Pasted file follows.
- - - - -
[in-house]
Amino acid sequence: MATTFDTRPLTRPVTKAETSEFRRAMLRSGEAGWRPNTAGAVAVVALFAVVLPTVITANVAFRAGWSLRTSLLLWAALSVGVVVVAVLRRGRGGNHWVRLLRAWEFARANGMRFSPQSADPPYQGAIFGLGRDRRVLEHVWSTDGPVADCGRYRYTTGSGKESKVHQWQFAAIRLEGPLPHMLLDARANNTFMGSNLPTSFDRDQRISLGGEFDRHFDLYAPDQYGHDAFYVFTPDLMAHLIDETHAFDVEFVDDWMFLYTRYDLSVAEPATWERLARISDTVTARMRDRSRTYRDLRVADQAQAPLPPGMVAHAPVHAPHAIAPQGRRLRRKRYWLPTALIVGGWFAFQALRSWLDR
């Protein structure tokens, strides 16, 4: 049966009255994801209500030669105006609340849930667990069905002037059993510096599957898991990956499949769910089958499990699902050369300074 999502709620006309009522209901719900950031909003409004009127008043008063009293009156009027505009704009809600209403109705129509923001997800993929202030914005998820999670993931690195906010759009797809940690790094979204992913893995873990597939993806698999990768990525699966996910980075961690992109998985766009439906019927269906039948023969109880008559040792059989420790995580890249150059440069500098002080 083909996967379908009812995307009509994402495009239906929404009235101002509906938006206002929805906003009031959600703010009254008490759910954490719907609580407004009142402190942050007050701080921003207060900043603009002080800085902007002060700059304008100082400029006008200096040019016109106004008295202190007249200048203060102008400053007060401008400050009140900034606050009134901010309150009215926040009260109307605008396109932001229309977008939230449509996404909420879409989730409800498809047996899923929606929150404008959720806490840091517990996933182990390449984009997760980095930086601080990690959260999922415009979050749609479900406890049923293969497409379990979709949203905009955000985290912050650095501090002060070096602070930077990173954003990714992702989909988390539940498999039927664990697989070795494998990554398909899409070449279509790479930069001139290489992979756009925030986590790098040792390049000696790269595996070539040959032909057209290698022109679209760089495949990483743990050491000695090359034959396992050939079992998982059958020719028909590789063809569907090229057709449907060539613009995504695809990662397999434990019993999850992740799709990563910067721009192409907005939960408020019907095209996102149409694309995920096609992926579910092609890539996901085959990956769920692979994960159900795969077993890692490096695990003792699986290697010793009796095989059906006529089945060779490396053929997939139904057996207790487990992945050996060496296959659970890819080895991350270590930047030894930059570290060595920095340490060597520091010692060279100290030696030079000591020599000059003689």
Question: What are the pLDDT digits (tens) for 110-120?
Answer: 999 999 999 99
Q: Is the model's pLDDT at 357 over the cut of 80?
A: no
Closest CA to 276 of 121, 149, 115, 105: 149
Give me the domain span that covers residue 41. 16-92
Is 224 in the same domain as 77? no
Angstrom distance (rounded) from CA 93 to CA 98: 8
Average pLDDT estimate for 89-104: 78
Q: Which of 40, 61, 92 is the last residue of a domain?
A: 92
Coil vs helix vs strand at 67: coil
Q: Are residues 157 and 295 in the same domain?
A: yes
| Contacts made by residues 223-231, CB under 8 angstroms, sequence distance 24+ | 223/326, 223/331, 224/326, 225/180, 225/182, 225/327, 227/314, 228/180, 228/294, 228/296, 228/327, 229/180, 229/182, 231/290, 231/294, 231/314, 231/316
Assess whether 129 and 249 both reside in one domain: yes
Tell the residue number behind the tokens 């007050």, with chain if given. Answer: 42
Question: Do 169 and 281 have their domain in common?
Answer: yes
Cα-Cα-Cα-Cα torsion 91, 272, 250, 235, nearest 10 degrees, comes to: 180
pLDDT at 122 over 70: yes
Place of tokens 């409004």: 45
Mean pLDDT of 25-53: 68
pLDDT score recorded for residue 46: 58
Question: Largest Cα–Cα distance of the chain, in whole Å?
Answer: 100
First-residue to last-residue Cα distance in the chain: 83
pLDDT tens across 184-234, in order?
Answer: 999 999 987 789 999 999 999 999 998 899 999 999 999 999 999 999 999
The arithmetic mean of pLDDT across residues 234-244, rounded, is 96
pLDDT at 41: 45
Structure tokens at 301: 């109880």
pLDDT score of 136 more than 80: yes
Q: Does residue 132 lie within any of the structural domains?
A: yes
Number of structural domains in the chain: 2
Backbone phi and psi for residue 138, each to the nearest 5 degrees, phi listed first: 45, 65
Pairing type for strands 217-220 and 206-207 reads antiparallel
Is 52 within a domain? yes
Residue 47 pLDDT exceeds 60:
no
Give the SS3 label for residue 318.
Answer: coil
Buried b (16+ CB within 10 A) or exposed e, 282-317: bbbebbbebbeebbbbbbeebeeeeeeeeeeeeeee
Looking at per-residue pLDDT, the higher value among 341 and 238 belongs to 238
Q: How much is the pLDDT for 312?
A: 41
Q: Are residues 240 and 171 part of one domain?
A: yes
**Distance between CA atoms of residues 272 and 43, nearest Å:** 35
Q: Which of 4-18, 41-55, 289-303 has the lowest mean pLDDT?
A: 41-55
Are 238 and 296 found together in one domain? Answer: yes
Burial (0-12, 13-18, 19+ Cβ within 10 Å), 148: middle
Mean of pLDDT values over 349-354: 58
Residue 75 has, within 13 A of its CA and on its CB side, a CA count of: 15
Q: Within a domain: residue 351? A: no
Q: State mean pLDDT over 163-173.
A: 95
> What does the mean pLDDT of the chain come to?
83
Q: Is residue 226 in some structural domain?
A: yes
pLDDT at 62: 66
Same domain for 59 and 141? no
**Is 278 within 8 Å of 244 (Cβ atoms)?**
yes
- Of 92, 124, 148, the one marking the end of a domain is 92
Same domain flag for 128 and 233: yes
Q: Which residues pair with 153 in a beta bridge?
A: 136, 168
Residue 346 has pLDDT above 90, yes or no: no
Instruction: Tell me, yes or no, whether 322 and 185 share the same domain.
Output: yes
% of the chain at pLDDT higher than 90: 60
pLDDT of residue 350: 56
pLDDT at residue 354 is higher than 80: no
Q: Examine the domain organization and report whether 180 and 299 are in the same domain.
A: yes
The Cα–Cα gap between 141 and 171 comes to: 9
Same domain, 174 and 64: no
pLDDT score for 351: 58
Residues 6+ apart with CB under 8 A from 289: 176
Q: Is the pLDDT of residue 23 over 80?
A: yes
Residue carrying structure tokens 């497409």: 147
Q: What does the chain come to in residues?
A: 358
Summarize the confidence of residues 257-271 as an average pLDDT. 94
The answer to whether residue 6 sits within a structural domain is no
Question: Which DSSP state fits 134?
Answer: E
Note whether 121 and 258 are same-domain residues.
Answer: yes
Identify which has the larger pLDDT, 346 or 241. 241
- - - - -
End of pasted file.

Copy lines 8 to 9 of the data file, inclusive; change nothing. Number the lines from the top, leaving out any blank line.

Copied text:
Closest CA to 276 of 121, 149, 115, 105: 149
Give me the domain span that covers residue 41. 16-92